Pub hits back at comments about crowds in Clifton

pub hits back at comments about crowds in clifton - Pub hits back at comments about crowds in Clifton

A Clifton Village pub has responded to social media posts about crowds during a funeral cortege.

A procession was held for Barry Yuille, who owned Park Street’s La Bon Auberge restaurant, after his death from cancer at the age of 71.

Around 50 people lined the street as Mr Yuille’s cortege passed through The Mall at around 12pm yesterday (May 21) on its way to a funeral service at Canford.

There was then a series of posts on social media complaining of a “street party” amid the coronavirus pandemic, with some people saying they had reported the gathering.

But Bristol Live has spoken to witnesses who say those in attendance observed social distancing and paid their respects in a responsible way.

The Brunel pub, in The Mall, responded to social media claims it had been selling drinks during the event.

‘All distancing guidelines were met’

A pub spokesperson said: “The Brunel was most definitely not open. It is amazing the negative things people see in times of absolute love and tenderness.

“The Brunel offered takeaway drinks free of charge, as long as they were drunk whilst correctly social distancing within Government guidelines, for people who were invited to stand on the Mall and clap as the body of a dear friend of Clifton was [driven past].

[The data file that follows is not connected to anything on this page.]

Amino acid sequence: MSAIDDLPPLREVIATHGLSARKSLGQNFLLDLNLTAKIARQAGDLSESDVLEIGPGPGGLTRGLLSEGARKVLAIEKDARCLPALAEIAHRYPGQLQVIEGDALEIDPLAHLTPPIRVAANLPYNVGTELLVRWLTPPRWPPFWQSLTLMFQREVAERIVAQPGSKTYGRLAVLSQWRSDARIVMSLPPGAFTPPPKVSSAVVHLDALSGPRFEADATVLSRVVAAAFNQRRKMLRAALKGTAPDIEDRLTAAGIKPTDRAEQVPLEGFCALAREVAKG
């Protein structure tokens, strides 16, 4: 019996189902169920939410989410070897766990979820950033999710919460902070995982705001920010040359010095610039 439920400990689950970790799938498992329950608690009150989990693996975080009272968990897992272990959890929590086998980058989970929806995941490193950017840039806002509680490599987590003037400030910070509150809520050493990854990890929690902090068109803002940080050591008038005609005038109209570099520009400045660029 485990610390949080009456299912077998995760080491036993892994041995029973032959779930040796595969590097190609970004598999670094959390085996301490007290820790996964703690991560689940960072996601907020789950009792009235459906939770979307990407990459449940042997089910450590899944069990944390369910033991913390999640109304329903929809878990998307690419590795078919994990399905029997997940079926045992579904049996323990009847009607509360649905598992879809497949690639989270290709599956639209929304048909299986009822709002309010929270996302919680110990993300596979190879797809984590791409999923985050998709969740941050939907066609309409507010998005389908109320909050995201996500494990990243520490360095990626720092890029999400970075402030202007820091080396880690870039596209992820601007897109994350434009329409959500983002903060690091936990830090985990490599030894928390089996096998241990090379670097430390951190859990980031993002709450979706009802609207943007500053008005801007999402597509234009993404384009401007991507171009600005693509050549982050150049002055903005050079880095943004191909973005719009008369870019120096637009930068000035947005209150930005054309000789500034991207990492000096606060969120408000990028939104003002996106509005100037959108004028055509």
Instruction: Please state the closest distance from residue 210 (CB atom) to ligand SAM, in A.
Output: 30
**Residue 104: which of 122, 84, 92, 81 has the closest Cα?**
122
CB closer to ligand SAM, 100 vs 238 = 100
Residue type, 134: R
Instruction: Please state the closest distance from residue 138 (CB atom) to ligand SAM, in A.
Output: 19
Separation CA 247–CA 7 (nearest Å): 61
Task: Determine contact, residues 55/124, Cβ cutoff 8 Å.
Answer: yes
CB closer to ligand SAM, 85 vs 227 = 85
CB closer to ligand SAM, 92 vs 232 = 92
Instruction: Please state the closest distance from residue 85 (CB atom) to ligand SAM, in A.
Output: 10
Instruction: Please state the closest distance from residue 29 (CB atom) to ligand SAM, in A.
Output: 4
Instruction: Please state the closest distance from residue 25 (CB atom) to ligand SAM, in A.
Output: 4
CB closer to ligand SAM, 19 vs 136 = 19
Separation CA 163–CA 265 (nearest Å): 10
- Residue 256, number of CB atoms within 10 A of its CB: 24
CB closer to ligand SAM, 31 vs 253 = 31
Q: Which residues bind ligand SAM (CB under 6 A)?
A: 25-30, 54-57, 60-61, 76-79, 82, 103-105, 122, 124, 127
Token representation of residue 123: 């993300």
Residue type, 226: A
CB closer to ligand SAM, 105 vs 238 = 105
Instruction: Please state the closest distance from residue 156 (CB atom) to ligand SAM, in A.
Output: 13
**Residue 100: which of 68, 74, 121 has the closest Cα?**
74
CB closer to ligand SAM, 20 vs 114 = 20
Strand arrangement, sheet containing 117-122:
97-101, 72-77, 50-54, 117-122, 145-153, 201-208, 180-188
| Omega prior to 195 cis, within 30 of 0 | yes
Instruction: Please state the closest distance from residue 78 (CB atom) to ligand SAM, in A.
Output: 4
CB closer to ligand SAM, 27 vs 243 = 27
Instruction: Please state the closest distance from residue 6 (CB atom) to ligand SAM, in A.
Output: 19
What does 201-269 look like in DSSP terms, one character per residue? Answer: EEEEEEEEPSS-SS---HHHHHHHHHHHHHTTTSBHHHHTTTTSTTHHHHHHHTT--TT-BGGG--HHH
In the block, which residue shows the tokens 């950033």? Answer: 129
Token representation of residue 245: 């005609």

“I was present and I was very happy that all distancing guidelines were met. I’m sure there will be a few cases where there is closer contact between families who are probably self-isolating together.

“I would just like to say that people should sometimes look at other scenarios before jumping on pictures and assuming negative connotations.

“It is a tough time at the moment, that’s for sure, but some people only have one opportunity to grieve and show emotions properly, so it’s a shame that wasn’t understood by those passing by.”

‘It certainly wasn’t a street party’

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Barry Yuille (Image: Bristol Live)

Spencer Price, a friend of Mr Yuille, says everyone was responsible in keeping two metres apart.

He said: “I was only there 15 to 20 minutes waiting for the coffin to come past. It all dispersed pretty quickly.

“We couldn’t go to the funeral because of coronavirus. It’s quite sad that someone has got the audacity to complain.

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“It was bad enough we couldn’t congregate at the funeral. It certainly wasn’t a street party – it was a send-off.”

Mr Yuille added a Southmead Hospital nurse who attended the event was satisfied with the way people behaved.

He says she told him: “Everyone’s keeping their distance. Everyone’s aware [of the restrictions].

“Of course it was an emotional event because Barry was a great friend to so many people.”

‘It was a celebration’

One man, who was not a mourner but was in the area at the time, said he had no concerns over the gathering.

The witness, who wished to remain anonymous, said: “Some people may have been a little closer together, but they may well have been from the same household.

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“I wouldn’t describe it as raucous. It wasn’t deadly solemn or madly exuberant. It was a celebration. I didn’t have any concerns.”

You can read our tribute to the much-loved Mr Yuille here.

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